All There Needs to Be Said
- BuyThe Poem of a Life: A Biography of Louis Zukofsky by Mark Scroggins
Shoemaker and Hoard, 555 pp, $30.00, December 2007, ISBN 978 1 59376 158 5
Born on the Lower East Side in 1904 to immigrant Russian Jewish parents, Louis Zukofsky spent his entire life in New York City, reading and writing and doing as little else as possible. He was abstemious, hypochondriac, a chain-smoker; he cared little for food, took almost no exercise and insisted that the windows of his apartment be shut tight at all times: he was very susceptible to draughts. At 35 he married a Jewish pianist and composer called Celia Thaew, whom he had met six years before while supervising a Work Projects Administration programme. She had had a copy of William Carlos Williams’s In the American Grain at the corner of her desk, which she had bought so she’d have something to read on the long subway ride to and from work. The couple had a son, Paul, in 1943, a musical prodigy and now a well-known violinist and conductor.
Over the course of his long writing life Zukofsky produced several volumes of lyric poetry, a good deal of it splendidly musical, spare and challenging. It’s hard to determine what any given poem is about, however; Zukofsky’s work is resistant to that sort of reading, and he held that the meaning was embedded in the sound. Kenneth Rexroth, reviewing Some Time in 1956, wrote that the poems were ‘exercises in absolute clarification, crystal cabinets full of air and angels’. Here, in the first half of a poem for the two-year-old Paul, Zukofsky seems to have had Herrick’s ‘To Daffodils’ in mind:
Is your content
My sight or hold
Or your small air
That lights and trysts?
Red alder berry
Will singly break;
But you – how slight – do:
So that even
A lover exists.
As well as shorter lyrics Zukofsky wrote an 800-page poem entitled A. He also wrote book-length studies of Apollinaire and Shakespeare, the latter including Celia’s 232-page musical setting of Pericles. The first 450 pages or so of the Shakespeare book consist almost exclusively of quotations, from the plays themselves and from the writings of scores of philosophers, physicists, painters, poets, religious figures, you name it, based loosely on Zukofsky’s notion that ‘Love is to reason as the eyes are to the mind.’ There was a teaching anthology in 1948, A Test of Poetry, very close in format to Ezra Pound’s ABC of Reading, which placed poems from different eras side by side and evaluated them by measuring ‘sight, sound and intellection’. Any poem can only be improved by reading it, as is also true of Pound’s book. He also wrote critical essays and a book’s worth of fiction that is slight and mannered, but playful, charming, and at moments brilliant. With Celia he produced a translation of Catullus in 1961 which ‘follows the sound rhythm and syntax of his Latin – tries, as is said, to breathe the “literal” meaning with him’. It fails to do this, but is nevertheless Zukofsky’s greatest achievement and, intermittently, one of the most idiosyncratic and memorable translations in English. Here’s a patch:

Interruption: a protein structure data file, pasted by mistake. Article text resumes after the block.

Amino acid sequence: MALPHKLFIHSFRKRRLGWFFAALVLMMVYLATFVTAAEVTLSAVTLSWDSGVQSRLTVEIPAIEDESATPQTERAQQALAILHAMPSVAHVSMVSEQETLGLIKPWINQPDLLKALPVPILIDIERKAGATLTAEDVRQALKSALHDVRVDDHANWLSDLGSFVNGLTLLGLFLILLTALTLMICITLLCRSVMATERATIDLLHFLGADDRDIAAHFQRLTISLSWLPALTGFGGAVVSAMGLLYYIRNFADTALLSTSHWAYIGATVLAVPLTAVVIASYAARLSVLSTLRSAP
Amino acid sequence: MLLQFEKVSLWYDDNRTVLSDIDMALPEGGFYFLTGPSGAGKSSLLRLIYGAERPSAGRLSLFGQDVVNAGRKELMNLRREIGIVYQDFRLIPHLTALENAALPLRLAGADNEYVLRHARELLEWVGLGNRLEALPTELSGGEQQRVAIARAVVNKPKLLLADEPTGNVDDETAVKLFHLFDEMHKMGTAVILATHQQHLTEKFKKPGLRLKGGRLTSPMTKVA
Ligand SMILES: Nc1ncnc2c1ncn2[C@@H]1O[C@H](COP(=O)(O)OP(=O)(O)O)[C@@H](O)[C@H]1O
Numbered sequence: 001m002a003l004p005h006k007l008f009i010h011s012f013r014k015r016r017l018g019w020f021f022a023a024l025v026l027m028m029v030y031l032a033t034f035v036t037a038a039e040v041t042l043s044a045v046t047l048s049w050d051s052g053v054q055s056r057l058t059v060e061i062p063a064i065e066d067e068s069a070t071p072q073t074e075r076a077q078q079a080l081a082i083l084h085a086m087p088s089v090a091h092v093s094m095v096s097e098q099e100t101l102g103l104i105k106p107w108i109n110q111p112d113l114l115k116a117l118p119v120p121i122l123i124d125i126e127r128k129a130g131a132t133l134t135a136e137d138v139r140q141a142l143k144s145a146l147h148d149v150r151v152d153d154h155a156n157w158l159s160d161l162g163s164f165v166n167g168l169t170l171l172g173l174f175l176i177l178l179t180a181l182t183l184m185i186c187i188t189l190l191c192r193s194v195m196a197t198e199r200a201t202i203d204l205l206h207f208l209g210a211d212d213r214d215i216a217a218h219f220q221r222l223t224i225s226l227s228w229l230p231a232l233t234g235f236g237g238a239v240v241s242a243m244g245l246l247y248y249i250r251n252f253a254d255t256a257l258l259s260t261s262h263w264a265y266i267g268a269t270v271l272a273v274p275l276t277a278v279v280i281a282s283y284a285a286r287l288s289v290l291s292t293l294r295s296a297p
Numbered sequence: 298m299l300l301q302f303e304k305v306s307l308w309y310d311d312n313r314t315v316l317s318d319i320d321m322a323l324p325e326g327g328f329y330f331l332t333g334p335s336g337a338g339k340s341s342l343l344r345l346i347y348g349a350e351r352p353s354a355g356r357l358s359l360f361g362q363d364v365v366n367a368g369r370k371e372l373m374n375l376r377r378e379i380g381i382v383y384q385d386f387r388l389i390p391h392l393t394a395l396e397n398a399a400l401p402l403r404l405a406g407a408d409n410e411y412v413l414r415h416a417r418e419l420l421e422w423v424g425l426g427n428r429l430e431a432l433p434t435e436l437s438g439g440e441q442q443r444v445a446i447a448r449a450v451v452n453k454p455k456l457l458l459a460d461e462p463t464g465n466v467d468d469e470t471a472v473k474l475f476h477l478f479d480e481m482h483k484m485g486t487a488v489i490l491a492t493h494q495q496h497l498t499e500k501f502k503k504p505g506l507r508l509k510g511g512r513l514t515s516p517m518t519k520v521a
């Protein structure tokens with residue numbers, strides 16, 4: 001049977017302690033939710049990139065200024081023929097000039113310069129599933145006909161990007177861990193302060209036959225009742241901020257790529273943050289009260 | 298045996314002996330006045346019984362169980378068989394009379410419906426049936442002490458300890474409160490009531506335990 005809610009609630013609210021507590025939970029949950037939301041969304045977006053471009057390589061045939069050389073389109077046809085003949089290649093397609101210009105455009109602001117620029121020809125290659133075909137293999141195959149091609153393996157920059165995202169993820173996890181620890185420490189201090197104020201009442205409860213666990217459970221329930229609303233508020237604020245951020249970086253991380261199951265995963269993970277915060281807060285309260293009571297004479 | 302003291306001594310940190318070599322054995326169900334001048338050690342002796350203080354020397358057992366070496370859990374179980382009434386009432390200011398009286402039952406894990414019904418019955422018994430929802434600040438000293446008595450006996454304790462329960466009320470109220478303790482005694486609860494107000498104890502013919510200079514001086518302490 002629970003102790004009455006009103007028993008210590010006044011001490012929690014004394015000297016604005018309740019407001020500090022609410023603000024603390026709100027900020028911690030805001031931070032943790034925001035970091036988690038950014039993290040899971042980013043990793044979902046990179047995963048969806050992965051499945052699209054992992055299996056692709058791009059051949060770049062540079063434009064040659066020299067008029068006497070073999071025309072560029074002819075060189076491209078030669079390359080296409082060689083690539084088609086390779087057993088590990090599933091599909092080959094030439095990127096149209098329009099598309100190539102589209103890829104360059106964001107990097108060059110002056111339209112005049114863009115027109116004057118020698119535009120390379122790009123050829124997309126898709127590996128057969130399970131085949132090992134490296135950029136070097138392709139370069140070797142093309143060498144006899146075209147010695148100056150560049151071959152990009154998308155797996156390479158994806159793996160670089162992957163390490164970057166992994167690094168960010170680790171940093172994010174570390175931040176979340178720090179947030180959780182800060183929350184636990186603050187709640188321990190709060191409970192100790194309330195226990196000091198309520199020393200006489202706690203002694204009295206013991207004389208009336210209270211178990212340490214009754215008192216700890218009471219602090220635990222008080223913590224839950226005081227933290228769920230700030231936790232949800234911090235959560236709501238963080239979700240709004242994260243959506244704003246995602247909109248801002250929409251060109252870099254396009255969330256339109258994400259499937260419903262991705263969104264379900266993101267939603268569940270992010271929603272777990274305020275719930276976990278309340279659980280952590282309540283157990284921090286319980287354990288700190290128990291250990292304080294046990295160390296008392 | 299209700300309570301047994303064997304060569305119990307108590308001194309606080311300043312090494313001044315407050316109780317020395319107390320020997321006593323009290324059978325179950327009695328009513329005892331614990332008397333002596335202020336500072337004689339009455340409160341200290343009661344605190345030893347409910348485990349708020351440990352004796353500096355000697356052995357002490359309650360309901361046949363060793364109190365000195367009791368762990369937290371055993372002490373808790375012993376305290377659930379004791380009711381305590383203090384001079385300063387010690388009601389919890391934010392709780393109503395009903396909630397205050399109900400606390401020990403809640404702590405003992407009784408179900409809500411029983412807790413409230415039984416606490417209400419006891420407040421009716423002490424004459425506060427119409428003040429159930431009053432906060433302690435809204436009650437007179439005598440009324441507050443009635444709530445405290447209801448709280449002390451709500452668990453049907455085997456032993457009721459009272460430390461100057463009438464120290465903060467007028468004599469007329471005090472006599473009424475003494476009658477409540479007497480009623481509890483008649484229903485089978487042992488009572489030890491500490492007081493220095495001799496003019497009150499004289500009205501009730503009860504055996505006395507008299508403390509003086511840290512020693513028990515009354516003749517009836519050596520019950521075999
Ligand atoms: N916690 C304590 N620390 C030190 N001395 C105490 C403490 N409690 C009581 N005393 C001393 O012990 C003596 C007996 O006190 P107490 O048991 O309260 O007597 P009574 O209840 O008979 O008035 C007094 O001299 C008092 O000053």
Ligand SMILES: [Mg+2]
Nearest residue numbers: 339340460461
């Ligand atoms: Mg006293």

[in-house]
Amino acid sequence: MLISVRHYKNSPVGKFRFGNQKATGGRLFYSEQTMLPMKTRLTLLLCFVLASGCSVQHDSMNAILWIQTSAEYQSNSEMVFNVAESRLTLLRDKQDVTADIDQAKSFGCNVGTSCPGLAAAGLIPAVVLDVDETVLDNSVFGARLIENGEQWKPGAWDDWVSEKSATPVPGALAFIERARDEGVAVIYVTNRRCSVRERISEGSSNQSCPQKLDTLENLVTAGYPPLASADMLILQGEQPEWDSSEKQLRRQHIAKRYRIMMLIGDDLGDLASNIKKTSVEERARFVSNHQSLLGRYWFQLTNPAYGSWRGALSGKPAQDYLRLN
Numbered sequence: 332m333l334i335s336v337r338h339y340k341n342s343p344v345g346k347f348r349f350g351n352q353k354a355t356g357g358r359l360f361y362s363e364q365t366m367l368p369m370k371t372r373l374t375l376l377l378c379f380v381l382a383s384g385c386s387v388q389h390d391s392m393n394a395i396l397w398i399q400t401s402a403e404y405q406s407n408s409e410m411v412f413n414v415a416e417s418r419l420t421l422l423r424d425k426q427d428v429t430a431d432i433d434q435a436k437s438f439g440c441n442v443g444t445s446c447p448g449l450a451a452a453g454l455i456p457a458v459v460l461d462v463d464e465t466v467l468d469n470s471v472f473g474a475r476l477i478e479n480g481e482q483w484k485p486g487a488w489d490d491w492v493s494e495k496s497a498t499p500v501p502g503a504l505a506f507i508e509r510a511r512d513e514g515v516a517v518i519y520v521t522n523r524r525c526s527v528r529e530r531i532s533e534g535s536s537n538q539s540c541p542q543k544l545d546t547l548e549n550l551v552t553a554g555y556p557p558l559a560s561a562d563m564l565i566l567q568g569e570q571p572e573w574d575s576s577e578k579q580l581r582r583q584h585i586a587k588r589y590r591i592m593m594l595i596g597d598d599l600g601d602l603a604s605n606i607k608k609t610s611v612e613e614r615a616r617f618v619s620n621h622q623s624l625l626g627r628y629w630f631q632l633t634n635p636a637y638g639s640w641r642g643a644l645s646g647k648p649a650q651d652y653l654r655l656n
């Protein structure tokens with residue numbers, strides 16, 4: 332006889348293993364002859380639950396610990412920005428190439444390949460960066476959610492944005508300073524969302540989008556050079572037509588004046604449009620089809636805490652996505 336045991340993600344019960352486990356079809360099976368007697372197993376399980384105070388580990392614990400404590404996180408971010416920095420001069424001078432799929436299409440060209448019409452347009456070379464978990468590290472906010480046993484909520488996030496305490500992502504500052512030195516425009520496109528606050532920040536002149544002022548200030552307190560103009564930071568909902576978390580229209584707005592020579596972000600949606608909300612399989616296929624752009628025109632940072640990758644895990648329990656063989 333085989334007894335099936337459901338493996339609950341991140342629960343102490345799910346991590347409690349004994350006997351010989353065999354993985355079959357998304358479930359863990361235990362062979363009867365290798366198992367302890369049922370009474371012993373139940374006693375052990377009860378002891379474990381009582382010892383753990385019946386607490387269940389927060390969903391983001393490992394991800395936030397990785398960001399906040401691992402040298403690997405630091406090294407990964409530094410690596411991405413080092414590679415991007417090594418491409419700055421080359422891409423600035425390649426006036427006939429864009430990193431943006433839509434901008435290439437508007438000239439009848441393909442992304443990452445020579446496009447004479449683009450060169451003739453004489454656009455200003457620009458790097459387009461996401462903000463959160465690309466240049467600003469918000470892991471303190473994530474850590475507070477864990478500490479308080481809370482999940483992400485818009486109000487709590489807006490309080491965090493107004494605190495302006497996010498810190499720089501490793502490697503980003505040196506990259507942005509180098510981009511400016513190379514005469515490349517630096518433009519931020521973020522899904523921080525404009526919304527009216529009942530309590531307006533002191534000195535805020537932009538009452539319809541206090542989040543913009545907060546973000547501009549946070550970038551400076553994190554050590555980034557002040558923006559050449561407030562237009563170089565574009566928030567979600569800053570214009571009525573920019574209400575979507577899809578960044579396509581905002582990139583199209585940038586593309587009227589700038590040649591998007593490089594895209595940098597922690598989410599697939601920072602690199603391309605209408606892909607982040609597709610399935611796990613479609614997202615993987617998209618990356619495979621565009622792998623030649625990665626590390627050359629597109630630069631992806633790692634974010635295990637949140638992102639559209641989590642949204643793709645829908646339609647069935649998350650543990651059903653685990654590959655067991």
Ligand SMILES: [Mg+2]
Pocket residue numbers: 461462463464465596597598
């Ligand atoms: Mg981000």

What demented malice, my silly Ravidus,
Eggs your pricked conceit into my iambics?
What god not too benign that you invoked would
care dream your parrot’s skit of ire and ruckus?
And it wants to purr in the public vulva?
What wish to live it up, be noticed – apt as
air is, squandering in my love’s amorous
vice longer than you wished it, marred but poignant.
Catullus’ carnality makes a good foil for the severe, involuted and cerebral quality of much of Zukofsky’s own poetry.
Zukofsky, like Charles Olson and Jeremy Prynne, is a monstre sacré: his reputation precludes any serious discussion of individual pieces of work. The project is the thing, not a particular piece of writing. How we feel about Zukofsky is affected by how we feel about difficulty, a quality greatly valued by what was once called the avant-garde. Zukofsky is difficult, usually if not always. Another problem in assessing his achievement is that his major work, A, is an unholy mess, an extraordinarily complex, often brilliant and heroic mess, but a mess.
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[*] Niedecker and the Correspondence with Zukovsky (1993).